THE MAGIC FIDDLE.
now I want to go out and see the world for a time; will you, therefore, give me what is right and just for me to have?w
" Yes," answered the greedy old man; " you have served me with the greatest willingness, and I am ready to reward you liber ally." He put his hand into his pocket as he spoke, and drew out three pence, and, counting them into the servant's hand, he said, " There are three pence—one for each year—and those are as liberal wages as you would get from any master."
The young man, who knew very little of the value of money, took up his earnings, and said to himself: " Now that my pocket is full, I need not trouble myself any longer with hard work."
Away he went, over hill and dale, singing and dancing with joy at his freedom, till he came to a road with thick bushes on one side.
Out of these bushes stepped a little man, who said to him: " Where are you going, you merry fellow ? The cares of the world don't appear to trouble you much, from what I can see."
" Why should I be sad ?" answered the youth. " Have I not three years' wages jingling in my pocket?"
" How much is your wonderful treasure ?" asked the dwarf.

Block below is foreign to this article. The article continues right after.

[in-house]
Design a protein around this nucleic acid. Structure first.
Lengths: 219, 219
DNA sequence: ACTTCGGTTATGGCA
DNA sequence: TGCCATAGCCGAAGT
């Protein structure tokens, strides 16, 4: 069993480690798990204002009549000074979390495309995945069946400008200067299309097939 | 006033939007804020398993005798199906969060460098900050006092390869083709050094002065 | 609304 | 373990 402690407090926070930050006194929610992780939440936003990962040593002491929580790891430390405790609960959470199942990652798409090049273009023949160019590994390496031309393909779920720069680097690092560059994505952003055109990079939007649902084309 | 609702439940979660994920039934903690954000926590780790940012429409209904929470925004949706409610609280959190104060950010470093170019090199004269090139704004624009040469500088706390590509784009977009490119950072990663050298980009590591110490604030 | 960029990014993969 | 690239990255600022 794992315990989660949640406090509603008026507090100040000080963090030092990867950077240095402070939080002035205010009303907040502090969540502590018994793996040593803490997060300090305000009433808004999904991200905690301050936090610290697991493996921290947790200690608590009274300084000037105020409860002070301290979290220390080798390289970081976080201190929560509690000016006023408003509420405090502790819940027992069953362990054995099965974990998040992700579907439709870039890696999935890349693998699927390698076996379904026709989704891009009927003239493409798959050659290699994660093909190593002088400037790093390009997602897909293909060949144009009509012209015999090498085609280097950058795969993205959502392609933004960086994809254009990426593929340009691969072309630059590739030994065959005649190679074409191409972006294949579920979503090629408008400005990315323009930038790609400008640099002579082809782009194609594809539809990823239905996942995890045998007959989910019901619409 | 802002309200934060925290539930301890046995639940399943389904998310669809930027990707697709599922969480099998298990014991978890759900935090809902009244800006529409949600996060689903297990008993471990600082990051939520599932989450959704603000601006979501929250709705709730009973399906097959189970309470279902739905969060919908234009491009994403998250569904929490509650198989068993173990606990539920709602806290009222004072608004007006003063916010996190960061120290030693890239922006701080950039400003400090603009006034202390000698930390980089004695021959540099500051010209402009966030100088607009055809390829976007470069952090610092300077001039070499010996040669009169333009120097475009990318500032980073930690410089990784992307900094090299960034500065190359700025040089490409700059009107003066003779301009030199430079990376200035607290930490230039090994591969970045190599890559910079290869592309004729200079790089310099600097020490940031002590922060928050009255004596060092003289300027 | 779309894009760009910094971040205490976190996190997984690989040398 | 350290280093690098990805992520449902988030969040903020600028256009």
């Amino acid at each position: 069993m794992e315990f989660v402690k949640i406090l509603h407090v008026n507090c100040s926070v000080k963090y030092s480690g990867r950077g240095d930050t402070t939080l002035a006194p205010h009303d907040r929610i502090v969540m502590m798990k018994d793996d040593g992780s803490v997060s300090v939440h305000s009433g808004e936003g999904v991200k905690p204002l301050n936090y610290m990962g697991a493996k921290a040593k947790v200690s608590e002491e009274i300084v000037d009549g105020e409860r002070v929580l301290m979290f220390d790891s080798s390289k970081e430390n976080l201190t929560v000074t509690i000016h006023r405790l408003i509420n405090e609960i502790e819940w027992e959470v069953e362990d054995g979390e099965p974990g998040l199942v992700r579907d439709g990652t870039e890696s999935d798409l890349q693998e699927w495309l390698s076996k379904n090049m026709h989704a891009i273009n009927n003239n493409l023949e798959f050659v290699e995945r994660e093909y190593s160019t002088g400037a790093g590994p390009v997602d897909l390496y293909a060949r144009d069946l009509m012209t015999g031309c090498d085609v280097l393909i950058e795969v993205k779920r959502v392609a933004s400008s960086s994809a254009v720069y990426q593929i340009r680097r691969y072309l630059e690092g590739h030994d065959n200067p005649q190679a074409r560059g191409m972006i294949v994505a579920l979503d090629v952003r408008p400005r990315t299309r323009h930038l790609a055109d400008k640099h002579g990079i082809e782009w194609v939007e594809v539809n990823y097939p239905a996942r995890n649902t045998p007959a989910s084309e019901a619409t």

"How much ? why, three bright pennies, good coin, rightly told."
" Listen," said the stranger, in reply: " I am a poor, destitute man, too old to work; but you are young, and can easily earn your living : will you give me those three pennies ?"
The young man had a kind heart, and could not help pitying those who were old, so he offered him the money, and said, "Take it, in heaven's name; I shall never miss it."
The little man took the money, and said, " I see you have a kind and generous heart, therefore I will grant you three wishes— one for each penny—and each wish shall be fulfilled."
"Aha!" cried the youth, "you are a magician, I see. Well, if what you say is true, I will wish first for a gun which shall hit everything at which I aim ; secondly, for a fiddle, which, when I play it, shall oblige every one to dance who hears it; and, thirdly, that whoever I make a request to shall not be able to refuse me."
" All these you shall have." said the little man. Then he thrust his hand into the bush, separated the branches, and there lay a beautiful fiddle and gun, all in readiness, as if they had been ordered for him beforehand.